June 07, 2021

Newspapers Want a Government Bailout

God forbid that local media should actually find a way to exist in the market-driven economy. Local News Coverage Is Declining — And That Could Be Bad For American Politics

It is all COVID-19's fault. Or is it?

The pandemic, however, merely accelerated a crisis in local journalism that is now at least two decades old. From 2000 to 2018, weekday newspaper circulation fell from 55.8 million households to an estimated 28.6 million; between 2008 and 2019, newsroom employment fell by 51 percent; and since 2004, more than 1,800 local newspapers have closed across the nation.

Local news has never been able to deal with the fact that their existence was threatened as soon as Craigslist came on the scene, and devastated their classified advertising business. And they have never liked to admit that classified advertising was more important to most people than the editorial page.

And in what has to be a mistake, they admit that minimum wage laws hurt business.

Government policies like tax breaks and exemptions from some labor laws and minimum wage and overtime rules have benefited newspapers since the 18th century.

How can it be that minimum wage laws are good for everyone but newspapers?

Then they talk about hedge funds. As for all the bad things being laid at the feet of hedge funds, well, let's look at an example; a newspaper that was only JUST purchased. Chicago Contrarian - Let the Hedge Fund Vulture Pick at the Chicago Tribune Carcass

In a world enraptured with equity, justice, and anti-merit principles, that the Chicago Tribune finds itself the meal of “vulture” hedge fund Alden Global Capital, should come as no surprise to anyone. The notion of the now left-leaning paper guising itself as some sort of objective foundational bedrock of a free and healthy functioning democracy deserving of continued life support, appears laughable, especially given it has lost its core audience by editorial design (more on this in a minute).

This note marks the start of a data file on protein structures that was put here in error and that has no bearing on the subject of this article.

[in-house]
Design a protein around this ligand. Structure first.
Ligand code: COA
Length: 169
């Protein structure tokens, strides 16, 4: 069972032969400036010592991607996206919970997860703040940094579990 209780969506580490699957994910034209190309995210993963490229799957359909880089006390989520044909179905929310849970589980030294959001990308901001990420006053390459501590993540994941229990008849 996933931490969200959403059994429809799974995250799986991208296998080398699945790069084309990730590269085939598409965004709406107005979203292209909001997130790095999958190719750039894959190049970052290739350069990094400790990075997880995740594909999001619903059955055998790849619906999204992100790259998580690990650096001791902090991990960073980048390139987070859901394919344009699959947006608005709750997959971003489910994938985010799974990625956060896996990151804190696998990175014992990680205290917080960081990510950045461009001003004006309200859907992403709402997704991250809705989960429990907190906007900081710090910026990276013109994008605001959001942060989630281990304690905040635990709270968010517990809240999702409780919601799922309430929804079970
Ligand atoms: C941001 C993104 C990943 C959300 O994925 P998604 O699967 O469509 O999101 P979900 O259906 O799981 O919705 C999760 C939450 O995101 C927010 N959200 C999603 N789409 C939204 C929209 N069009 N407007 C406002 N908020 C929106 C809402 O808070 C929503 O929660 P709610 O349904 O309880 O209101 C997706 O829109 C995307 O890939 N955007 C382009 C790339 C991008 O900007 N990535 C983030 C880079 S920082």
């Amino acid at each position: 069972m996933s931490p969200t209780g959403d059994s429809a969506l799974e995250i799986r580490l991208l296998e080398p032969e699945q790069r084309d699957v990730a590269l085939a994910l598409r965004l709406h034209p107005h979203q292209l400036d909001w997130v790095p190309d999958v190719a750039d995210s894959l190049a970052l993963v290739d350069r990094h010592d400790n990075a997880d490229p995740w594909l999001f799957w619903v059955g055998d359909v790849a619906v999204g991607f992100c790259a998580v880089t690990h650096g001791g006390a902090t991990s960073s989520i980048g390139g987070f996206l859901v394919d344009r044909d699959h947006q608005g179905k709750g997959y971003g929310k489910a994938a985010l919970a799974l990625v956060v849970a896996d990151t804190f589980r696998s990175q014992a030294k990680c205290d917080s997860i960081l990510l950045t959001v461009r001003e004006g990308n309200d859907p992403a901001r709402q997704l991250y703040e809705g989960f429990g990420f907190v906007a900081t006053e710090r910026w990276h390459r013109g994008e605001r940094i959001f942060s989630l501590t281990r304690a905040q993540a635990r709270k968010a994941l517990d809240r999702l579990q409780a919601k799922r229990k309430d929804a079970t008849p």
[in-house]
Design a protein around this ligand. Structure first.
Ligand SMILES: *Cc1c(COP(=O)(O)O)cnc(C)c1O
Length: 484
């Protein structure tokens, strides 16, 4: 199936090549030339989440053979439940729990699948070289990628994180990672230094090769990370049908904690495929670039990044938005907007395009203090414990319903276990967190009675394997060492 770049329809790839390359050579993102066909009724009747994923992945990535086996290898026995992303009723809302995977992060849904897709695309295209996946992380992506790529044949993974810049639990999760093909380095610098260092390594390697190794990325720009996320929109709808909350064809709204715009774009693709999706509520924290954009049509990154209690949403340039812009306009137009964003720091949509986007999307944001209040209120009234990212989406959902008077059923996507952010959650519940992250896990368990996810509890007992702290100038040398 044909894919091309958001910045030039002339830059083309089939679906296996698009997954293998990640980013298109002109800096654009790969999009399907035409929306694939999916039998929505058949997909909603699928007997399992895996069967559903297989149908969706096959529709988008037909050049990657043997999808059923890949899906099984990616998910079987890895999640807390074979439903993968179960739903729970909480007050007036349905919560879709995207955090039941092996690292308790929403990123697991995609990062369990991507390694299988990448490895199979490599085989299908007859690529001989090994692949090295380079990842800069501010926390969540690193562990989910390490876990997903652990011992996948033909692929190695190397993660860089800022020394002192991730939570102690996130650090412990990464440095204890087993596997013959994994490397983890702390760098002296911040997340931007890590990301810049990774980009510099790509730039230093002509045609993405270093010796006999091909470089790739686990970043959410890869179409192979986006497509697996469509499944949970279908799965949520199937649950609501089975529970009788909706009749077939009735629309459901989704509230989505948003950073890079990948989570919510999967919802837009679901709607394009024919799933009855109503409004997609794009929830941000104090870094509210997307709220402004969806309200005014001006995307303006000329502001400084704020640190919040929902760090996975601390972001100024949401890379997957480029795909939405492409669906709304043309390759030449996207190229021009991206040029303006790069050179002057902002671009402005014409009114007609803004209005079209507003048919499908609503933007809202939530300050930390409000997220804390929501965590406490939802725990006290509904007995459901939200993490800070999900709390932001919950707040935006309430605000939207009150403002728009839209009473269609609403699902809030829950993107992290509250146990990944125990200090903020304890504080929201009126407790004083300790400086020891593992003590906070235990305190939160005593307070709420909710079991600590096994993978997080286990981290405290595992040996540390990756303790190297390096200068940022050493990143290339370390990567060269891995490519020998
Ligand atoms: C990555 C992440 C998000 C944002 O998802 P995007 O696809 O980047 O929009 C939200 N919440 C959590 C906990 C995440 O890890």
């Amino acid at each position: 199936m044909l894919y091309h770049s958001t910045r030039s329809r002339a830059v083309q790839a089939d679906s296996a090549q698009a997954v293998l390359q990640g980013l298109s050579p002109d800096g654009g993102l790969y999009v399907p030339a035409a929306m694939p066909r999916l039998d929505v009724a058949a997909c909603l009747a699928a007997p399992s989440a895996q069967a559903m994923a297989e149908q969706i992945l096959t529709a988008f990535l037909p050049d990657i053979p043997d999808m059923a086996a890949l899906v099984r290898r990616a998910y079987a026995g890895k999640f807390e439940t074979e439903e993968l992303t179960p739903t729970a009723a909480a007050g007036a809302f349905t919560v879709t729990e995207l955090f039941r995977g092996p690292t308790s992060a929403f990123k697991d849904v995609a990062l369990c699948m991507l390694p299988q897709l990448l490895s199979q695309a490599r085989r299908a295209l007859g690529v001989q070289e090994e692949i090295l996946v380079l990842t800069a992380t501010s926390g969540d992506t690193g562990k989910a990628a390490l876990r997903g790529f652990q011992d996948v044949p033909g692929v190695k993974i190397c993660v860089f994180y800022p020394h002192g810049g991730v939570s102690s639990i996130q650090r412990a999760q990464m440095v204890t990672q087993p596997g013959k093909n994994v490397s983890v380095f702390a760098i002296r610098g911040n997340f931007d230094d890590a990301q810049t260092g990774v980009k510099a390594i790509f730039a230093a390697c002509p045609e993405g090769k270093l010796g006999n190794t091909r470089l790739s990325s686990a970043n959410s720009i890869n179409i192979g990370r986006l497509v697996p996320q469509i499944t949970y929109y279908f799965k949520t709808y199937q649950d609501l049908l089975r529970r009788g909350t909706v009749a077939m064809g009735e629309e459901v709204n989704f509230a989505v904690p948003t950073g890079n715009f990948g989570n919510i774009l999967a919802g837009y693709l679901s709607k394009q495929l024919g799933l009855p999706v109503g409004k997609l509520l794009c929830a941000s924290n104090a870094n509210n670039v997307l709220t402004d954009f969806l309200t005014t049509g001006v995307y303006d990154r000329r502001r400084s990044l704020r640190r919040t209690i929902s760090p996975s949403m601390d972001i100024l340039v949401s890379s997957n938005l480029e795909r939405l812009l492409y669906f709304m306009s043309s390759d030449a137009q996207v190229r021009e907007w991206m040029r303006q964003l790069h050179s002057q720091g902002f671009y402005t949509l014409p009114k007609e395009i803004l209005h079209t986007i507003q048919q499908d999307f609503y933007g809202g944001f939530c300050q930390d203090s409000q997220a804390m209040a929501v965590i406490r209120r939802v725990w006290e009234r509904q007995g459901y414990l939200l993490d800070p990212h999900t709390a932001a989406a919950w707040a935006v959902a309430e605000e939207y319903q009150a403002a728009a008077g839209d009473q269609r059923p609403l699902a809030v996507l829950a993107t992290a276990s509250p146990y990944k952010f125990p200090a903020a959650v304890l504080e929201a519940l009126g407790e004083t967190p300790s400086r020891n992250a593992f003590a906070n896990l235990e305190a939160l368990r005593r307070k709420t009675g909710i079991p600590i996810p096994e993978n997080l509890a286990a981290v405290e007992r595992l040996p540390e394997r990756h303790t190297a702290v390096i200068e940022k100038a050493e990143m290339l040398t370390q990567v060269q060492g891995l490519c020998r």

With the exception of a few good reporters, who will find great positions because they view themselves as reporters and not citizen activists and will always land on their feet, the journalist base of the Tribune has been eviscerated, as seasoned expert reporters and columnists (e.g., Blair Kamin in the architecture realm) have been replaced by millennials straight out of journalism school.

And it didn't start with COVID-19. The current set of financial woes date at least to 2006 when the paper underwent a leveraged buyout - that included $13 billion of debt. It went bankrupt shortly after that.

And the Chicago Contrarian story has an echo of the first link at the top... Democracy is at risk.

Tribune journalists even penned an op-ed claiming truth in journalism and our democracy remain at risk if the paper is taken over by Alden.

Which is why the story at the top is pleading for a .gov bailout.

The first article is worth a glance, maybe, because of the "We can't survive in the market, so we want to do away with the market" stance of the Left, but the 2nd link has much on the decline of The Chicago Tribune. How they fired senior editors and reporters and hired a bunch of kids who can't be bothered about reporting when there are serious opinions to hide in the news. And then there is this suggestion on how to get the readership back.